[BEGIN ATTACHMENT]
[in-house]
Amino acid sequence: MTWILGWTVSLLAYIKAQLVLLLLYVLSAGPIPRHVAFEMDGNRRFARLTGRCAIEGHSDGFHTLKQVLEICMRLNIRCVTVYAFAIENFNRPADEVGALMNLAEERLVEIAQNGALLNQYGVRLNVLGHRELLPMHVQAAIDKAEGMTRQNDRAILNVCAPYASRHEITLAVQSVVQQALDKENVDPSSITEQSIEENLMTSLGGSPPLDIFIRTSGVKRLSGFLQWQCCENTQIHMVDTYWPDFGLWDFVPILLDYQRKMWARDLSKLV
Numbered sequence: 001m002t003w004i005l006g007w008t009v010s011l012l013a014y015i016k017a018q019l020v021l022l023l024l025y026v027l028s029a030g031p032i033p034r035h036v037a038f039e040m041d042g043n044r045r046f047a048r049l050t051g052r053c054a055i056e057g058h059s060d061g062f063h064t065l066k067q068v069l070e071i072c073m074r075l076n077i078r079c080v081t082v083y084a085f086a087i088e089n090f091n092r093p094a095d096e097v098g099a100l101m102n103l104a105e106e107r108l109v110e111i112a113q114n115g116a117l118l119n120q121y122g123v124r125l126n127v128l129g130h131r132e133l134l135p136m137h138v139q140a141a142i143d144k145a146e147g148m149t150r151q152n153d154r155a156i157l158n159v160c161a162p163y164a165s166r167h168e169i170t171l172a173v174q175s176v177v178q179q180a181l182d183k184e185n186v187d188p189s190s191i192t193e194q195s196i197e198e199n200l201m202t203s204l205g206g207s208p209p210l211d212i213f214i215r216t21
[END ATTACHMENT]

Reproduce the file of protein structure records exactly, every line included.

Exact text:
[in-house]
Amino acid sequence: MTWILGWTVSLLAYIKAQLVLLLLYVLSAGPIPRHVAFEMDGNRRFARLTGRCAIEGHSDGFHTLKQVLEICMRLNIRCVTVYAFAIENFNRPADEVGALMNLAEERLVEIAQNGALLNQYGVRLNVLGHRELLPMHVQAAIDKAEGMTRQNDRAILNVCAPYASRHEITLAVQSVVQQALDKENVDPSSITEQSIEENLMTSLGGSPPLDIFIRTSGVKRLSGFLQWQCCENTQIHMVDTYWPDFGLWDFVPILLDYQRKMWARDLSKLV
Numbered sequence: 001m002t003w004i005l006g007w008t009v010s011l012l013a014y015i016k017a018q019l020v021l022l023l024l025y026v027l028s029a030g031p032i033p034r035h036v037a038f039e040m041d042g043n044r045r046f047a048r049l050t051g052r053c054a055i056e057g058h059s060d061g062f063h064t065l066k067q068v069l070e071i072c073m074r075l076n077i078r079c080v081t082v083y084a085f086a087i088e089n090f091n092r093p094a095d096e097v098g099a100l101m102n103l104a105e106e107r108l109v110e111i112a113q114n115g116a117l118l119n120q121y122g123v124r125l126n127v128l129g130h131r132e133l134l135p136m137h138v139q140a141a142i143d144k145a146e147g148m149t150r151q152n153d154r155a156i157l158n159v160c161a162p163y164a165s166r167h168e169i170t171l172a173v174q175s176v177v178q179q180a181l182d183k184e185n186v187d188p189s190s191i192t193e194q195s196i197e198e199n200l201m202t203s204l205g206g207s208p209p210l211d212i213f214i215r216t21